Both navies should maintain stable ties to avoid conflicts
Chinese experts said the first visit on Monday by a U.S. warship to China since the arbitration court ruled on the South China Sea issue is a sign of easing Sino-U.S. relations.
The missile destroyer USS Benfold held signals exercises with the Chinese Navy after arriving in a port in Qingdao, East China's Shandong Province, and the Chinese side held a reception on the ship, according to the Associated Press.
"This port visit is a tremendous opportunity to build relationships between sailors based on shared interests and perspectives," Benfold commander Justin Harts said in a statement released on the U.S. Navy's official website Sunday.
The visit, which comes on the heels of China's participation in the Rim of the Pacific 2016 maritime exercises, is a sign the two countries are willing to control disparities and actively push the relationship between navies forward, Zhang Junshe, a researcher at the People's Liberation Army's (PLA) Naval Military Studies Research Institute, told the Global Times on Monday.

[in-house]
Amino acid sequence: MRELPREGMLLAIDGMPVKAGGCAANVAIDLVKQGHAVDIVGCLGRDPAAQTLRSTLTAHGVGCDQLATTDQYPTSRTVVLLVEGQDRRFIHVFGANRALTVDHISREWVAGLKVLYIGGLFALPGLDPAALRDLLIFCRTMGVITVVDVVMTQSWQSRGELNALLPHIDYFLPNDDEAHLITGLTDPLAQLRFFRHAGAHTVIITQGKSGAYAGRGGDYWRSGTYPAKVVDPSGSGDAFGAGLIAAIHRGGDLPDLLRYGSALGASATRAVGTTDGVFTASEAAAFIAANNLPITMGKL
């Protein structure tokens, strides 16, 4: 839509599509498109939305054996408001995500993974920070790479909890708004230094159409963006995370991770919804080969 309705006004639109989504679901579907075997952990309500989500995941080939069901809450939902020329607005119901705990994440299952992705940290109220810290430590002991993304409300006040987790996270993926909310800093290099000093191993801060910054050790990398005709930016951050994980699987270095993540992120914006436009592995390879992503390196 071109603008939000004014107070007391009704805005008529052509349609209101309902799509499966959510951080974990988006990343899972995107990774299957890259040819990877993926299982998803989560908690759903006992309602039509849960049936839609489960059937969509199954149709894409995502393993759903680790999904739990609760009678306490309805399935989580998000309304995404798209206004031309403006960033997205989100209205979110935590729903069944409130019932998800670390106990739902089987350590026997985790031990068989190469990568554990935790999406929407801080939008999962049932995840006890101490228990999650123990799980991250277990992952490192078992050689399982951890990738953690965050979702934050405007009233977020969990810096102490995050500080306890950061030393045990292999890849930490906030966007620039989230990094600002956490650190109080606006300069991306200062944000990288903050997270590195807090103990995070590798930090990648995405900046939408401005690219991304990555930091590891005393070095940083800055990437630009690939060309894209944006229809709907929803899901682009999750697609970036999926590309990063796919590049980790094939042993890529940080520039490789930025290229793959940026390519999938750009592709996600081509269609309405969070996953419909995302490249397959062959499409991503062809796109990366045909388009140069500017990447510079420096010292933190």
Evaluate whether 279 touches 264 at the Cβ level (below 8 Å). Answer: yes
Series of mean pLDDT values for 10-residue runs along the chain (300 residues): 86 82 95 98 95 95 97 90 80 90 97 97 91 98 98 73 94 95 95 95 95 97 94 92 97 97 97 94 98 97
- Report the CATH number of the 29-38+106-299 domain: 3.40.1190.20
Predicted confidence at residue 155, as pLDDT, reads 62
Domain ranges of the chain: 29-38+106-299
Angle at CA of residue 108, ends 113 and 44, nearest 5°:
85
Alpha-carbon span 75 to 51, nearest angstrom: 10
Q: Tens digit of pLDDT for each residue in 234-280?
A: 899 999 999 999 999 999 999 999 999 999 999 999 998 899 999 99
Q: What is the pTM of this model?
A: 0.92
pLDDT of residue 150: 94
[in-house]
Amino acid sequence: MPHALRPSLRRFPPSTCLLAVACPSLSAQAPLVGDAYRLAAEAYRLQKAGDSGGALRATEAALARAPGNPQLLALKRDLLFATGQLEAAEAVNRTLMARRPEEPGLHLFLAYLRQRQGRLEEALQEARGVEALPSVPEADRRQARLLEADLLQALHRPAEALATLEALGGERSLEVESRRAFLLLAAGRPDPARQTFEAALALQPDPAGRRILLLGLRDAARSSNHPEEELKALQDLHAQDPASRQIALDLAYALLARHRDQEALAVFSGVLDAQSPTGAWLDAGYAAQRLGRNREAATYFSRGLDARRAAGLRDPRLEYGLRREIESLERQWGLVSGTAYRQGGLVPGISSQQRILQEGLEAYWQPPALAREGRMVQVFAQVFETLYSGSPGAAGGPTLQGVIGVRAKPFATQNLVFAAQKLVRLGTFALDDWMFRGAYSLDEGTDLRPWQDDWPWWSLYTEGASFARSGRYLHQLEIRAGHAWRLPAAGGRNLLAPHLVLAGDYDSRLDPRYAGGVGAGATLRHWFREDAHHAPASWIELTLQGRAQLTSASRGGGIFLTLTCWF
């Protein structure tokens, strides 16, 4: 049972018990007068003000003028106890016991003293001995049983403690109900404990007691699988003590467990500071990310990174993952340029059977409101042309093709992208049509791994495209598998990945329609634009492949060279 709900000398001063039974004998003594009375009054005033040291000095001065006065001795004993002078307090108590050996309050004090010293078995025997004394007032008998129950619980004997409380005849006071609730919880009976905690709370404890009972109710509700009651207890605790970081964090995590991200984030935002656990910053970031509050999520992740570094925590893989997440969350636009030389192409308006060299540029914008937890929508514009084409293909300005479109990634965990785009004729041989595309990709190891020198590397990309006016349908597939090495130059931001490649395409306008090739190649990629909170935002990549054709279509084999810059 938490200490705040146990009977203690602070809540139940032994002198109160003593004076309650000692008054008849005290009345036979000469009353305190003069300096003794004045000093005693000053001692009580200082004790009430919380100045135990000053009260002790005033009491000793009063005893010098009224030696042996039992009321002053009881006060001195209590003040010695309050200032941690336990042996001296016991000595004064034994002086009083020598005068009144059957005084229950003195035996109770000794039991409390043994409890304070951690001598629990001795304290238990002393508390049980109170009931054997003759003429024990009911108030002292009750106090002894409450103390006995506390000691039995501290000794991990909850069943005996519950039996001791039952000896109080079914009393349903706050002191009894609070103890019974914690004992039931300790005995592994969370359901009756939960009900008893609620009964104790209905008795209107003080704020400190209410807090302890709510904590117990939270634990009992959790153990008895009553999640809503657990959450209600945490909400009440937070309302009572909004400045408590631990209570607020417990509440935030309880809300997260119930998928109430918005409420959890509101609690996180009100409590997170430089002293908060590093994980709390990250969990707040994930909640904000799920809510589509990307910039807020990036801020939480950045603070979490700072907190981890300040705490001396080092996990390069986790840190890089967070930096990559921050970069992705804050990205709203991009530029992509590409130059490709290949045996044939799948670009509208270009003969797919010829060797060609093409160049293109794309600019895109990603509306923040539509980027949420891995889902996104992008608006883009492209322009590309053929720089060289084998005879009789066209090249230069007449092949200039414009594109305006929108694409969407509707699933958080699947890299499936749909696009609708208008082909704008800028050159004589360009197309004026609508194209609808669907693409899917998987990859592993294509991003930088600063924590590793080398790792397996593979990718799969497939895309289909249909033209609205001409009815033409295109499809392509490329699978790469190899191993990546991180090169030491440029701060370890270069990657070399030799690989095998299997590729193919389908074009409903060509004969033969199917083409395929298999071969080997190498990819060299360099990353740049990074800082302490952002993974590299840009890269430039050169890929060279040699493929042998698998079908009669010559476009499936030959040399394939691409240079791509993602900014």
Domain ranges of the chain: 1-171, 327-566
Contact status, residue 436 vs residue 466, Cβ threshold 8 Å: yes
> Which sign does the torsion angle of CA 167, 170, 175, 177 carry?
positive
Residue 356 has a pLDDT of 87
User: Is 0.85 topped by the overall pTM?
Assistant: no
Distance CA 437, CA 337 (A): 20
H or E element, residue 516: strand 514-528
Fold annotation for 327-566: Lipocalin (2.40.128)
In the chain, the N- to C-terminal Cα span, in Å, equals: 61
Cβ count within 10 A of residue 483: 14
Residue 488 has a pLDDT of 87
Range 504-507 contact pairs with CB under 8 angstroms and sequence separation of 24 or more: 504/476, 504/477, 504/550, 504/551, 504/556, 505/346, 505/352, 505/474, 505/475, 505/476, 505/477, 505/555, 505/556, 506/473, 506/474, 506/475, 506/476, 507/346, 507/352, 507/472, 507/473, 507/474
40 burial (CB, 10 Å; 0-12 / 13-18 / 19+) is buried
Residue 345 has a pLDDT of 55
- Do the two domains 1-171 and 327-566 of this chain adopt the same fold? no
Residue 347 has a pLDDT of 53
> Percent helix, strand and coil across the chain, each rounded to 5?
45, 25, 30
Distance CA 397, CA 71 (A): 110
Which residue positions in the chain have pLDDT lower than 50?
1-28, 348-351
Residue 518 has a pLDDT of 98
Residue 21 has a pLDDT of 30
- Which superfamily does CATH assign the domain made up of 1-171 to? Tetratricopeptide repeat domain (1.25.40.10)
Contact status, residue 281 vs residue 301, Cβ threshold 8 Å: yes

The AP report said Harts refused to comment on the disputes in the South China Sea.
Having military exchanges with China also benefits the U.S., that's why it continues conducting such activities despite calls in the U.S. to punish China for its rejection of the South China Sea ruling, Wu Xinbo, director of the Center for American Studies at Fudan University, told the Global Times on Monday.
China rejected last month's ruling on the South China Sea by the Permanent Court of Arbitration in The Hague and refused to take part in the arbitration. It has strongly criticized U.S. involvement in the case.
Wu said that China develops its military to safeguard its sovereignty and interests, while the U.S. wants to contain China with help from its allies, but the two sides need to maintain relatively stable relations to avoid accidental military conflicts.
Liu Feng, an expert on Chinese maritime issues, told the Global Times both China and the U.S. have strengths on the South China Sea issue - China is geographically closer to the region and enjoys greater economic influence, while the U.S. has a political, military and diplomatic edge.
Chinese and American troops and officials will visit the Benfold, conduct professional exchanges and participate in sports activities, an insider told the Global Times on Tuesday, adding that the two sides will hold joint exercises, including maritime search and rescue drills.